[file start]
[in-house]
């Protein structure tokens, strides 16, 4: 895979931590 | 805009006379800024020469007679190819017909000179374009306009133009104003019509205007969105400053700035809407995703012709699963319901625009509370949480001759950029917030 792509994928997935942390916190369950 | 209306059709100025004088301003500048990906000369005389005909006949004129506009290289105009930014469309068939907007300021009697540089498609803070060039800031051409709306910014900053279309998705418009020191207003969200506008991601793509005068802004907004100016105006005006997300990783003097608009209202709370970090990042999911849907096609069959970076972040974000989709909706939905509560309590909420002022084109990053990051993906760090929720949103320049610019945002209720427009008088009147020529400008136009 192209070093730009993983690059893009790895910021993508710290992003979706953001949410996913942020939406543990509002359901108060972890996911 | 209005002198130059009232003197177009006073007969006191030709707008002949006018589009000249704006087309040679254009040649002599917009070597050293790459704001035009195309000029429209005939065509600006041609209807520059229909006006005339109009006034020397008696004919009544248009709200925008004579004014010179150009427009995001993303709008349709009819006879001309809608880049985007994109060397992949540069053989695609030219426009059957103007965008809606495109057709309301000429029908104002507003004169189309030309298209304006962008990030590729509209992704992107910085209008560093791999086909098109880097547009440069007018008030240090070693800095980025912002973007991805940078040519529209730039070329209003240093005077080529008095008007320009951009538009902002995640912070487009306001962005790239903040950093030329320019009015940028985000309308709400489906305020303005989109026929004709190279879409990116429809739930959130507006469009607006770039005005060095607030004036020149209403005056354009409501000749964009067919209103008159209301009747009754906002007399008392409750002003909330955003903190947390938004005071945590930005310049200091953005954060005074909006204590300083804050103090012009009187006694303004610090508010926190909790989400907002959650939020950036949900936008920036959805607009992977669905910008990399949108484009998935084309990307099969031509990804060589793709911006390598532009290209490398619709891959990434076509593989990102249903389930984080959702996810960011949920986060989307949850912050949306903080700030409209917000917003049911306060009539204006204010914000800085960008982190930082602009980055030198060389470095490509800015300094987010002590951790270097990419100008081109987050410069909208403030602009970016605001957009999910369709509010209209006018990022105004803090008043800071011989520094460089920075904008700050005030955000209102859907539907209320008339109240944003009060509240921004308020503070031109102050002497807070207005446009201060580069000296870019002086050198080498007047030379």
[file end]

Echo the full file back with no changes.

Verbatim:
[in-house]
């Protein structure tokens, strides 16, 4: 895979931590 | 805009006379800024020469007679190819017909000179374009306009133009104003019509205007969105400053700035809407995703012709699963319901625009509370949480001759950029917030 792509994928997935942390916190369950 | 209306059709100025004088301003500048990906000369005389005909006949004129506009290289105009930014469309068939907007300021009697540089498609803070060039800031051409709306910014900053279309998705418009020191207003969200506008991601793509005068802004907004100016105006005006997300990783003097608009209202709370970090990042999911849907096609069959970076972040974000989709909706939905509560309590909420002022084109990053990051993906760090929720949103320049610019945002209720427009008088009147020529400008136009 192209070093730009993983690059893009790895910021993508710290992003979706953001949410996913942020939406543990509002359901108060972890996911 | 209005002198130059009232003197177009006073007969006191030709707008002949006018589009000249704006087309040679254009040649002599917009070597050293790459704001035009195309000029429209005939065509600006041609209807520059229909006006005339109009006034020397008696004919009544248009709200925008004579004014010179150009427009995001993303709008349709009819006879001309809608880049985007994109060397992949540069053989695609030219426009059957103007965008809606495109057709309301000429029908104002507003004169189309030309298209304006962008990030590729509209992704992107910085209008560093791999086909098109880097547009440069007018008030240090070693800095980025912002973007991805940078040519529209730039070329209003240093005077080529008095008007320009951009538009902002995640912070487009306001962005790239903040950093030329320019009015940028985000309308709400489906305020303005989109026929004709190279879409990116429809739930959130507006469009607006770039005005060095607030004036020149209403005056354009409501000749964009067919209103008159209301009747009754906002007399008392409750002003909330955003903190947390938004005071945590930005310049200091953005954060005074909006204590300083804050103090012009009187006694303004610090508010926190909790989400907002959650939020950036949900936008920036959805607009992977669905910008990399949108484009998935084309990307099969031509990804060589793709911006390598532009290209490398619709891959990434076509593989990102249903389930984080959702996810960011949920986060989307949850912050949306903080700030409209917000917003049911306060009539204006204010914000800085960008982190930082602009980055030198060389470095490509800015300094987010002590951790270097990419100008081109987050410069909208403030602009970016605001957009999910369709509010209209006018990022105004803090008043800071011989520094460089920075904008700050005030955000209102859907539907209320008339109240944003009060509240921004308020503070031109102050002497807070207005446009201060580069000296870019002086050198080498007047030379």